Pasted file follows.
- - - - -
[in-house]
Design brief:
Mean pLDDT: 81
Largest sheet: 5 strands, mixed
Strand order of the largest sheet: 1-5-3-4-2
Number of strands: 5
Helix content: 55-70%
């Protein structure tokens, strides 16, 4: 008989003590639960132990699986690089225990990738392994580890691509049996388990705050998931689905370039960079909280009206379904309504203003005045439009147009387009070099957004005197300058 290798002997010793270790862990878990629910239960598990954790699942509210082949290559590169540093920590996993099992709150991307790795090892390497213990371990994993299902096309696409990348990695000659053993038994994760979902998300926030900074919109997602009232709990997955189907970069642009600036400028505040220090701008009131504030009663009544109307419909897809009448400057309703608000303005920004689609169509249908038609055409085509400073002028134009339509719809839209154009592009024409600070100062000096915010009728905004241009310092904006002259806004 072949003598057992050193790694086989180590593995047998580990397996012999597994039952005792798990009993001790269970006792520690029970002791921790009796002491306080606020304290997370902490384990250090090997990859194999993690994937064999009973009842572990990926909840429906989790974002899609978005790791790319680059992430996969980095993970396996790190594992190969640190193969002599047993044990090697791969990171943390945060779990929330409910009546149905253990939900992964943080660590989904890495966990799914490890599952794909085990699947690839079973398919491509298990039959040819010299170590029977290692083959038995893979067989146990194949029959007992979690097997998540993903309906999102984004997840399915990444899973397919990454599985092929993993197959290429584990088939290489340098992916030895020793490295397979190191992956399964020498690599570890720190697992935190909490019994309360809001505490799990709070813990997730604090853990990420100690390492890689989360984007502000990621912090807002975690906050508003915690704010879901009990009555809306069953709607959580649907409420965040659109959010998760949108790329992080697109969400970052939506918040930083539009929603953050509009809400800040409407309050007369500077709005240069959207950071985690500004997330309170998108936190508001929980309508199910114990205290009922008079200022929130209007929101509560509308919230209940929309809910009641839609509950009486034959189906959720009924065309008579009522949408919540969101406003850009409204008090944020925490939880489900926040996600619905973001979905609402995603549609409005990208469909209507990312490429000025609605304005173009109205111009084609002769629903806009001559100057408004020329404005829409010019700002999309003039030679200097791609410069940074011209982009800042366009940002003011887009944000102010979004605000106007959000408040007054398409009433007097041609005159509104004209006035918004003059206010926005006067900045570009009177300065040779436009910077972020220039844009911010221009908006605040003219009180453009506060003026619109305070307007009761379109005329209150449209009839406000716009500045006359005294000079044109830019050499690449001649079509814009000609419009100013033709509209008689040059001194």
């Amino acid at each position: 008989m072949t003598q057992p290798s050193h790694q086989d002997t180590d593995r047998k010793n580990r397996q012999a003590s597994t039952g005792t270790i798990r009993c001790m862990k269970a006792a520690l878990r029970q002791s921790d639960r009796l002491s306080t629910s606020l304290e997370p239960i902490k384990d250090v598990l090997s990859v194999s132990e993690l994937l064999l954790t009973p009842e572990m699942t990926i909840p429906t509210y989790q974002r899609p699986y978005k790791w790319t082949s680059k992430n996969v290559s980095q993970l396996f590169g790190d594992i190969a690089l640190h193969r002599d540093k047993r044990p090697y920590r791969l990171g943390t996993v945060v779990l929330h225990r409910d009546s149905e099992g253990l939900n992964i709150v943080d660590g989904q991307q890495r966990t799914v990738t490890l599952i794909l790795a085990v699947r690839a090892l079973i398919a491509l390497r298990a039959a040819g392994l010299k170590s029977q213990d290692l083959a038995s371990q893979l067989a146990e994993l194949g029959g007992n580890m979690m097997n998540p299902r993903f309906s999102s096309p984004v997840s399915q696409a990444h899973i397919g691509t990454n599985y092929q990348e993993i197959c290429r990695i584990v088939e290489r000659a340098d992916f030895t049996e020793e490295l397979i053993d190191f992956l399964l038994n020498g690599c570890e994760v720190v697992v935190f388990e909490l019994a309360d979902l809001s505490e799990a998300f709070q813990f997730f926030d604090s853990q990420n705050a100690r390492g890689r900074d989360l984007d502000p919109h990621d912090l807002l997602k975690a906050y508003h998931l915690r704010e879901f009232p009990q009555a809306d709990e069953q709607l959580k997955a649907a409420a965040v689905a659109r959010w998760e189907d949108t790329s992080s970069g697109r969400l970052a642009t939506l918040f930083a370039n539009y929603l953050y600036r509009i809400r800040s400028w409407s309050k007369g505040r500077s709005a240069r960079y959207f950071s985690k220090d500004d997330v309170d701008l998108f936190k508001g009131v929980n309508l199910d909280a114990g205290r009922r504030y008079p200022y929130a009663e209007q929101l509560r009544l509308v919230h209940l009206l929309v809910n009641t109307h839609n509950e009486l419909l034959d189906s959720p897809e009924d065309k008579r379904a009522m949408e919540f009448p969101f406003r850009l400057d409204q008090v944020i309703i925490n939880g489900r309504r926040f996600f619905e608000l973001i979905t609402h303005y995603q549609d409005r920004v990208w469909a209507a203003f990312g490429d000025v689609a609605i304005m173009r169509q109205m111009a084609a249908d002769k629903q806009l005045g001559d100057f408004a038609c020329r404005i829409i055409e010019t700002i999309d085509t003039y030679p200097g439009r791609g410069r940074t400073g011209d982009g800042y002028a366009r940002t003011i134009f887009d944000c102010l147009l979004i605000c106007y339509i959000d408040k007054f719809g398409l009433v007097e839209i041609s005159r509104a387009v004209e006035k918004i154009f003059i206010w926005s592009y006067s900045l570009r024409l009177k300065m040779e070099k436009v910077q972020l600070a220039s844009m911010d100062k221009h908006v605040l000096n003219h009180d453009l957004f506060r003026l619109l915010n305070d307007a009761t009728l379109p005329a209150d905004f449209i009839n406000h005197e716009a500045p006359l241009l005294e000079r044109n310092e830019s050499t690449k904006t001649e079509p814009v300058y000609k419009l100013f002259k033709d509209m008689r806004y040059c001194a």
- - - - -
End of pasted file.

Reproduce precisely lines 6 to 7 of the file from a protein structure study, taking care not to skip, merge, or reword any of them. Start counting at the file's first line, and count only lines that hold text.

Number of strands: 5
Helix content: 55-70%